Benefits for Your Patients
When you refer your patients to a CDC-recognized lifestyle change program, you’re connecting them with a proven approach for making lasting healthy changes.
Proven, Science-Based Programs
CDC-recognized lifestyle change programs are based on years of research showing that a year-long, structured lifestyle change intervention reduced the incidence of diabetes by 58% among adults with prediabetes and by 71% among those aged 60 years or older. The same study showed a 31% reduction with metformin compared with placebo. The researchers concluded that the lifestyle intervention was significantly more effective than metformin.
And the results last. Even after 10 years, people who completed a diabetes prevention lifestyle change program had a 34% lower rate of type 2 diabetes.
Participating in a program to lose weight through healthy eating and increased physical activity can also reduce the risk of heart attack and stroke.
To ensure high-quality interventions, CDC only recognizes lifestyle change programs that meet evidence-based standards and show they can achieve results. These standards include:
- Following a CDC-approved curriculum
- Facilitation by a trained lifestyle coach
- Making regular data submission (according to the timeline dictated in the current DPRP Standards) to show that the program is having an impact.
To learn more about these standards, take a look at 2018 CDC Recognition Program Standards and Operating Procedures [PDF – 873KB].
Realistic Goals and Lots of Support
Part of the success of these programs is that they require only moderate weight loss to achieve preventive health benefits. Weight loss of 5% to 7% of body weight—10 to 14 pounds for a person weighing 200 pounds—and 150 minutes of physical activity per week led to the results documented in the research studies.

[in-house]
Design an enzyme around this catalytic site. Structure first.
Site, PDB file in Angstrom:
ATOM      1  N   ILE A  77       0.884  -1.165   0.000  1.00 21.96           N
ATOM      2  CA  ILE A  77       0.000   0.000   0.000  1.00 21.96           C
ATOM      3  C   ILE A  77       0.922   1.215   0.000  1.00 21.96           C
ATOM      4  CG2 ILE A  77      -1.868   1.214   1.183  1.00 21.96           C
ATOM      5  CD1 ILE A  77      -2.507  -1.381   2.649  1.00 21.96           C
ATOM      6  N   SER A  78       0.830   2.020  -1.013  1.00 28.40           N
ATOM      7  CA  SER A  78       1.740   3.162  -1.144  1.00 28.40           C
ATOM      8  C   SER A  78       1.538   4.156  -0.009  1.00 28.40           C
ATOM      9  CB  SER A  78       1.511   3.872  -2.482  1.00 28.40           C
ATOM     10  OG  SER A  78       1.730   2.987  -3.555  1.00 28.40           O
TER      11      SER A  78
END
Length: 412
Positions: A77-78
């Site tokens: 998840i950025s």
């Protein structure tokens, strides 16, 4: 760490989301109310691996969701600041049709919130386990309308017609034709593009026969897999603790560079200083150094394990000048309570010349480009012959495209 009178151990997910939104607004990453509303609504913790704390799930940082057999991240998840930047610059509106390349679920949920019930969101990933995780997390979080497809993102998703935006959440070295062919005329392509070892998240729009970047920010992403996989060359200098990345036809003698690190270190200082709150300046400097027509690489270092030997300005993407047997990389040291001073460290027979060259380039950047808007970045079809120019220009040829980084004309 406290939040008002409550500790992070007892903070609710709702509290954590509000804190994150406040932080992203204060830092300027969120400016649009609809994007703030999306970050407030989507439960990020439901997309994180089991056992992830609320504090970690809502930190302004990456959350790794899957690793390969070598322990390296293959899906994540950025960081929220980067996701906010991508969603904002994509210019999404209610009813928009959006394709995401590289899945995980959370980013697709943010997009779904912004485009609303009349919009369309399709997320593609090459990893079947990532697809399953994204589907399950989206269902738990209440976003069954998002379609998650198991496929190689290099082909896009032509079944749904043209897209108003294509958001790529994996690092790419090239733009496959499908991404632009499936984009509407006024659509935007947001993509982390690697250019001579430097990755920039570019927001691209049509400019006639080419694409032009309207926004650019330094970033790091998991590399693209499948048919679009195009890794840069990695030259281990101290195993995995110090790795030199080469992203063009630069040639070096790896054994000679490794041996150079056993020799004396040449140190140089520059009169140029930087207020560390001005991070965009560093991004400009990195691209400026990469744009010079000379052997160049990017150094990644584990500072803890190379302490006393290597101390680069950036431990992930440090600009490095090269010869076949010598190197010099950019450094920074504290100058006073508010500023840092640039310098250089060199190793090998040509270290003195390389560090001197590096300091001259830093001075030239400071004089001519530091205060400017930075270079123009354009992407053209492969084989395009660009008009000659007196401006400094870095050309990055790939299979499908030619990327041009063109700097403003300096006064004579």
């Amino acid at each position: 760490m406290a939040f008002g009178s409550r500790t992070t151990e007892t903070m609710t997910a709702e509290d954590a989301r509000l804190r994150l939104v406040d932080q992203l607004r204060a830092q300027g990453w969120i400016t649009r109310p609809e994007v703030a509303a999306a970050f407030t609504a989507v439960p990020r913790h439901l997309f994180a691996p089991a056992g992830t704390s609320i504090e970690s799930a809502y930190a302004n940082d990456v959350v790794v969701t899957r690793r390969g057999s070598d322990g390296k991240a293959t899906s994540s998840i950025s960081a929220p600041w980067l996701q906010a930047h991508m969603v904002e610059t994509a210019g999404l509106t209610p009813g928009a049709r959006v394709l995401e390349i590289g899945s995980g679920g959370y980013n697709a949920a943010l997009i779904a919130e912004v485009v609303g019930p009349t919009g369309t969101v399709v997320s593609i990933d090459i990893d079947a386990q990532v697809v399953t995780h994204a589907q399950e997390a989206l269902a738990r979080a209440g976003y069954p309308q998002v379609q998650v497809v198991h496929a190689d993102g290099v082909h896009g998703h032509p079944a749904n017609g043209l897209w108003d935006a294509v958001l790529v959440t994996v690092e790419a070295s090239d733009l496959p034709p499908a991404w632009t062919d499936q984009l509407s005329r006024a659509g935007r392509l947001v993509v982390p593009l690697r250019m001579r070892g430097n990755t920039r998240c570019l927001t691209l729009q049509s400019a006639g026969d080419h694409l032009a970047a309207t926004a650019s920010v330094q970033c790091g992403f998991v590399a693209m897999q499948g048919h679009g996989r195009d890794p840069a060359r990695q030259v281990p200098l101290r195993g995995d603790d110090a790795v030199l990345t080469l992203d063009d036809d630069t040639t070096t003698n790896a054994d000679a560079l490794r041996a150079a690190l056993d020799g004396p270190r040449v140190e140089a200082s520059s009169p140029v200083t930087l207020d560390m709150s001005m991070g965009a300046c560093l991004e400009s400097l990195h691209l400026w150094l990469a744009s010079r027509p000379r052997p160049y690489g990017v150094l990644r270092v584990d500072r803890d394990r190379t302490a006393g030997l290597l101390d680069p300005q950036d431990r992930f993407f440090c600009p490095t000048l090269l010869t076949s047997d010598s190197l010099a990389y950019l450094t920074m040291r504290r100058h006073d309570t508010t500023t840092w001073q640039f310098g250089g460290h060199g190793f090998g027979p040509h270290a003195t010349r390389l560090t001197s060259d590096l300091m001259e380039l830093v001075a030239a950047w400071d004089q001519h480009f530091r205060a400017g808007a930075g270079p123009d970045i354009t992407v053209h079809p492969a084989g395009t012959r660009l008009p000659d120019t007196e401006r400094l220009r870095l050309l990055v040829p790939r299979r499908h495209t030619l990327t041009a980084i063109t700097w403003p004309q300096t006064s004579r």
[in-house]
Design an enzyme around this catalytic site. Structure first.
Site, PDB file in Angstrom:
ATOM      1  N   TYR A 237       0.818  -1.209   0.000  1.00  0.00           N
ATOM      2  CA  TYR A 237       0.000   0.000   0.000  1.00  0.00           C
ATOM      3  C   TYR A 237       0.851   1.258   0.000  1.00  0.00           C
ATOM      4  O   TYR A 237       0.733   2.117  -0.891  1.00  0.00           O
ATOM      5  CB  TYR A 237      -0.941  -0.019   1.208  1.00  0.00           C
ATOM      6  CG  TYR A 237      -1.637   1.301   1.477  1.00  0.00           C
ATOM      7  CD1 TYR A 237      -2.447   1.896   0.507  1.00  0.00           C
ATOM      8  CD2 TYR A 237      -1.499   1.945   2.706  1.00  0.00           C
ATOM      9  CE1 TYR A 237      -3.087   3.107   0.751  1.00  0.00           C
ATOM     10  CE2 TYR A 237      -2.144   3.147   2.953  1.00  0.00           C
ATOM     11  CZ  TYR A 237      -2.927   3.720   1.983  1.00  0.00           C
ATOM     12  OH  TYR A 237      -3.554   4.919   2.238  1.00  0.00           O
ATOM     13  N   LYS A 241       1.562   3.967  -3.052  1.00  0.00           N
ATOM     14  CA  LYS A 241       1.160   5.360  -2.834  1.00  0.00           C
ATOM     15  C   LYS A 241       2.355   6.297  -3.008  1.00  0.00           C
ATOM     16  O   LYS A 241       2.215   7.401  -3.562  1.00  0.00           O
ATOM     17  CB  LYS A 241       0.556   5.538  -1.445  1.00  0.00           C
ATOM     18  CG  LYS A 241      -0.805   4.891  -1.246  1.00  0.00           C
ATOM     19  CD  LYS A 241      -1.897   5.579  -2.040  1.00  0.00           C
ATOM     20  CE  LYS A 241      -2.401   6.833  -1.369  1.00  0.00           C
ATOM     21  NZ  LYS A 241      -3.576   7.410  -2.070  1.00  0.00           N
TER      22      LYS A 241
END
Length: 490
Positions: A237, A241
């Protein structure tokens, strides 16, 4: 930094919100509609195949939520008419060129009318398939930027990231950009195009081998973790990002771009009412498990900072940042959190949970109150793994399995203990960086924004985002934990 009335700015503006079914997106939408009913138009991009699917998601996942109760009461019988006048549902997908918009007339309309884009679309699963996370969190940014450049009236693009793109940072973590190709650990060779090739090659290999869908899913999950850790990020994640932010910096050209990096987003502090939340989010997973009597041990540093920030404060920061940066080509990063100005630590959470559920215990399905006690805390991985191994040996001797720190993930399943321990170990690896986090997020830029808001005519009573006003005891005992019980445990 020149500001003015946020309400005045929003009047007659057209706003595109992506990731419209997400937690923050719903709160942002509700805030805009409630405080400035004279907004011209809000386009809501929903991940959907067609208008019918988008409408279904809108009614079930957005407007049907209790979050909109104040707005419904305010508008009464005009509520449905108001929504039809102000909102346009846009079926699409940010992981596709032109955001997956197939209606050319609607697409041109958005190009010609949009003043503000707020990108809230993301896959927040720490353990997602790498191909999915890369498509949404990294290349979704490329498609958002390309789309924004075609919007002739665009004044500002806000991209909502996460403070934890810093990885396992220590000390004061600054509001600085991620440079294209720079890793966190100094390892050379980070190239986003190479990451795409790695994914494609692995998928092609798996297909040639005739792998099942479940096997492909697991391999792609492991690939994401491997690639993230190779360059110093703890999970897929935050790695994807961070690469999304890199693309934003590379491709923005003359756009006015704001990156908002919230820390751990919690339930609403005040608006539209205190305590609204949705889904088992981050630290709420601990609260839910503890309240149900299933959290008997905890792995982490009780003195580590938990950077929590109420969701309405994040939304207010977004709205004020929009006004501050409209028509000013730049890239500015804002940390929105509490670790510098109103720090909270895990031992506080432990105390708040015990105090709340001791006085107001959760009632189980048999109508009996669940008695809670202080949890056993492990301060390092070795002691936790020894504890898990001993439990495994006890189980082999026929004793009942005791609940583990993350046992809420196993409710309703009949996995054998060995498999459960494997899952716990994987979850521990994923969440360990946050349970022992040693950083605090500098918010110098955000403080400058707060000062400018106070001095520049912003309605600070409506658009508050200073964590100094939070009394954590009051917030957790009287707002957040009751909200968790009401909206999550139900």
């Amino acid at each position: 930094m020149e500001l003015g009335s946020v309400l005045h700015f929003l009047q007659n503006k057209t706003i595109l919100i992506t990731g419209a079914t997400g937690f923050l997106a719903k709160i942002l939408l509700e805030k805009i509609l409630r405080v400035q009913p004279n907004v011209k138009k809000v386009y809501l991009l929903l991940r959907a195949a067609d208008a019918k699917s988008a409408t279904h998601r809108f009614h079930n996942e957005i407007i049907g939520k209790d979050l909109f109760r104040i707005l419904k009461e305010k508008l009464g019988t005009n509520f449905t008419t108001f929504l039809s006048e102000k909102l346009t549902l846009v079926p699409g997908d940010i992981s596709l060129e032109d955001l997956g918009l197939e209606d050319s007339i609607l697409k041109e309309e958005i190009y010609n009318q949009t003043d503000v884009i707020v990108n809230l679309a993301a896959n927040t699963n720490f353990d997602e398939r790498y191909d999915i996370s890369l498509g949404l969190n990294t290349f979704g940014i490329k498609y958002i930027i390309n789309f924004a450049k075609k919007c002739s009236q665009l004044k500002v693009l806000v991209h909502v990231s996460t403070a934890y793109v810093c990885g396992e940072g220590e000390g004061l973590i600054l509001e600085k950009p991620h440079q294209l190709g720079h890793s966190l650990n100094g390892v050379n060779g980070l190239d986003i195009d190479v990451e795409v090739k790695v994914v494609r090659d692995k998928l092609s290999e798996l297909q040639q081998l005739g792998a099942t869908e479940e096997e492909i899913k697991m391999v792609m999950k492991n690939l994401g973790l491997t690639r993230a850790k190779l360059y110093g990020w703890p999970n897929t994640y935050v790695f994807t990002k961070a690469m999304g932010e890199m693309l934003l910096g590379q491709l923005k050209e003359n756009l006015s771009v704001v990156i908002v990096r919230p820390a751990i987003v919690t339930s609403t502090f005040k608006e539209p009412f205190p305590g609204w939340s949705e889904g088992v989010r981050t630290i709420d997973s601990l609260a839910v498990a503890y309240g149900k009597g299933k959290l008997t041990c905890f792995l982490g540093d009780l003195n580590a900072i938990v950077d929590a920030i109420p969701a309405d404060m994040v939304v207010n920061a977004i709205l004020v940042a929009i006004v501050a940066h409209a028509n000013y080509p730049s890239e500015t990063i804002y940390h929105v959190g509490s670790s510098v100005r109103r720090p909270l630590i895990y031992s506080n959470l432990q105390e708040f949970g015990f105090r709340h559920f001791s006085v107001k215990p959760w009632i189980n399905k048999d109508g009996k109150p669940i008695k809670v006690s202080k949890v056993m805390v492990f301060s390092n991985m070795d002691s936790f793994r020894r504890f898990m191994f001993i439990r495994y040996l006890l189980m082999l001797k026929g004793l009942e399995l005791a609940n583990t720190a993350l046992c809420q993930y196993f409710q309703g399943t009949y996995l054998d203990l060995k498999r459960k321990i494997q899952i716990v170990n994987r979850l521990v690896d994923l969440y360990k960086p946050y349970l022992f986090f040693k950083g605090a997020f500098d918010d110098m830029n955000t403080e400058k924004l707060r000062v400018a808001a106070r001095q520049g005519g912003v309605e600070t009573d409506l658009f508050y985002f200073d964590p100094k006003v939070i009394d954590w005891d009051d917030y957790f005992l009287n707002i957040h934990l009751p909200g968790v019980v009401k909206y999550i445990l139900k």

Participants should stay in the program for the full year to ensure they learn and maintain healthy habits. The group support and trained lifestyle coach encourage continued participation.
Thousands of people with prediabetes or otherwise at high risk for type 2 diabetes have completed the program. See what participants have said at Testimonials from Participants.
Diabetes Prevention Program Research Group, Knowler WC, Barrett-Connor E, Fowler SE, Hamman RF, Lachin JA, Walker EA, Nathan DM. Reduction in the Incidence of Type 2 Diabetes with Lifestyle Intervention or Metformin. N Engl J Med 2002;346:393-403.
Available from http://www.nejm.org/doi/full/10.1056/NEJMoa012512.
Diabetes Prevention Program Research Group, Knowler WC, Fowler SE, Hamman RF, Christophi CA, Hoffman HJ, Brenneman AT, Brown-Friday JO, Goldberg R, Venditti E, Nathan DM. 10-year follow-up of diabetes incidence and weight loss in the Diabetes Prevention Program Outcomes Study. Lancet. 2009;374(9702):1677-86. doi: 10.1016/S0140-6736(09)61457-4. Epub 2009 Oct 29.
Available from http://www.ncbi.nlm.nih.gov/pmc/articles/PMC3135022/.
Tuomilehto J, Lindstrom J, Eriksson J, et al; Finnish Diabetes Prevention Study Group. Prevention of type 2 diabetes mellitus by changes in lifestyle among subjects with impaired glucose tolerance. N Engl J Med 2001; 344:1343–1350.
Available from http://www.ncbi.nlm.nih.gov/pubmed/11333990.
- Page last reviewed: January 14, 2016
- Page last updated: January 14, 2016
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